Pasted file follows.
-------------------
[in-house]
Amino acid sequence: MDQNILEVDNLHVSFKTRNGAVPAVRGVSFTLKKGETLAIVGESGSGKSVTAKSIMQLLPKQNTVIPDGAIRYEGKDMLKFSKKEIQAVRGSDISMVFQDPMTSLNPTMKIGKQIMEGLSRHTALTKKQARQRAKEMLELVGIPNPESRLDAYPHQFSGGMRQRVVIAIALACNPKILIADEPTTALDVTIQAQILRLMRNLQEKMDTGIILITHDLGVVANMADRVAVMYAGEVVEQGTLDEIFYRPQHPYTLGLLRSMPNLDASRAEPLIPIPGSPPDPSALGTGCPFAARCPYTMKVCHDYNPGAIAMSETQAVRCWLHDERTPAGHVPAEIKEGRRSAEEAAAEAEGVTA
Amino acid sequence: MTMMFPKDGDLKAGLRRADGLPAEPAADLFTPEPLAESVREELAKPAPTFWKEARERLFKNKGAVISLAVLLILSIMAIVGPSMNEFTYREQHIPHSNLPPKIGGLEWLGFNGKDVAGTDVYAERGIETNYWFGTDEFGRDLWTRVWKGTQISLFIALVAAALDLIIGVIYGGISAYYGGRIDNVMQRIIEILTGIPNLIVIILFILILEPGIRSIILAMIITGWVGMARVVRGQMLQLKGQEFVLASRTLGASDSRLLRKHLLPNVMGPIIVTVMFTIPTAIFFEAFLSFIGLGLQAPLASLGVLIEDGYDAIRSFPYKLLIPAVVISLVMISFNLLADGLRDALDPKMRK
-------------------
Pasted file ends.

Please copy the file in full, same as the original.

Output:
[in-house]
Amino acid sequence: MDQNILEVDNLHVSFKTRNGAVPAVRGVSFTLKKGETLAIVGESGSGKSVTAKSIMQLLPKQNTVIPDGAIRYEGKDMLKFSKKEIQAVRGSDISMVFQDPMTSLNPTMKIGKQIMEGLSRHTALTKKQARQRAKEMLELVGIPNPESRLDAYPHQFSGGMRQRVVIAIALACNPKILIADEPTTALDVTIQAQILRLMRNLQEKMDTGIILITHDLGVVANMADRVAVMYAGEVVEQGTLDEIFYRPQHPYTLGLLRSMPNLDASRAEPLIPIPGSPPDPSALGTGCPFAARCPYTMKVCHDYNPGAIAMSETQAVRCWLHDERTPAGHVPAEIKEGRRSAEEAAAEAEGVTA
Amino acid sequence: MTMMFPKDGDLKAGLRRADGLPAEPAADLFTPEPLAESVREELAKPAPTFWKEARERLFKNKGAVISLAVLLILSIMAIVGPSMNEFTYREQHIPHSNLPPKIGGLEWLGFNGKDVAGTDVYAERGIETNYWFGTDEFGRDLWTRVWKGTQISLFIALVAAALDLIIGVIYGGISAYYGGRIDNVMQRIIEILTGIPNLIVIILFILILEPGIRSIILAMIITGWVGMARVVRGQMLQLKGQEFVLASRTLGASDSRLLRKHLLPNVMGPIIVTVMFTIPTAIFFEAFLSFIGLGLQAPLASLGVLIEDGYDAIRSFPYKLLIPAVVISLVMISFNLLADGLRDALDPKMRK